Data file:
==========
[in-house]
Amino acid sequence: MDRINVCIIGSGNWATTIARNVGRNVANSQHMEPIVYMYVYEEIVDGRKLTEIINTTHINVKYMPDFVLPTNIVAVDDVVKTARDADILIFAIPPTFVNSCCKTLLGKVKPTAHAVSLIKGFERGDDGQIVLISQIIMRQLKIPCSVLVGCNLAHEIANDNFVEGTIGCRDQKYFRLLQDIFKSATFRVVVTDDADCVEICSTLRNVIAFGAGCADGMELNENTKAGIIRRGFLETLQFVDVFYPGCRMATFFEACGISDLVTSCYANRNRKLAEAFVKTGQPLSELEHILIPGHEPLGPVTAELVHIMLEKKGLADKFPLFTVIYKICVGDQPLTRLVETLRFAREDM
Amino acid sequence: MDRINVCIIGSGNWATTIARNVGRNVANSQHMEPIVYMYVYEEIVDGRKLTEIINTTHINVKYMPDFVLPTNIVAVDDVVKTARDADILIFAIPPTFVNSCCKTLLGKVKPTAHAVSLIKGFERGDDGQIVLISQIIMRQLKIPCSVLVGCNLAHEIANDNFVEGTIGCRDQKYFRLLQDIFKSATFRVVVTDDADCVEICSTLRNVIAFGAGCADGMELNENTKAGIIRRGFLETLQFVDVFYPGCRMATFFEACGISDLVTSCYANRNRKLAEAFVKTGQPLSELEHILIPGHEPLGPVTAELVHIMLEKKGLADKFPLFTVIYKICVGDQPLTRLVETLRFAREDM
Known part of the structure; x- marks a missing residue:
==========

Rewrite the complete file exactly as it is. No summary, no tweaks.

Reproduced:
[in-house]
Amino acid sequence: MDRINVCIIGSGNWATTIARNVGRNVANSQHMEPIVYMYVYEEIVDGRKLTEIINTTHINVKYMPDFVLPTNIVAVDDVVKTARDADILIFAIPPTFVNSCCKTLLGKVKPTAHAVSLIKGFERGDDGQIVLISQIIMRQLKIPCSVLVGCNLAHEIANDNFVEGTIGCRDQKYFRLLQDIFKSATFRVVVTDDADCVEICSTLRNVIAFGAGCADGMELNENTKAGIIRRGFLETLQFVDVFYPGCRMATFFEACGISDLVTSCYANRNRKLAEAFVKTGQPLSELEHILIPGHEPLGPVTAELVHIMLEKKGLADKFPLFTVIYKICVGDQPLTRLVETLRFAREDM
Amino acid sequence: MDRINVCIIGSGNWATTIARNVGRNVANSQHMEPIVYMYVYEEIVDGRKLTEIINTTHINVKYMPDFVLPTNIVAVDDVVKTARDADILIFAIPPTFVNSCCKTLLGKVKPTAHAVSLIKGFERGDDGQIVLISQIIMRQLKIPCSVLVGCNLAHEIANDNFVEGTIGCRDQKYFRLLQDIFKSATFRVVVTDDADCVEICSTLRNVIAFGAGCADGMELNENTKAGIIRRGFLETLQFVDVFYPGCRMATFFEACGISDLVTSCYANRNRKLAEAFVKTGQPLSELEHILIPGHEPLGPVTAELVHIMLEKKGLADKFPLFTVIYKICVGDQPLTRLVETLRFAREDM
Known part of the structure; x- marks a missing residue: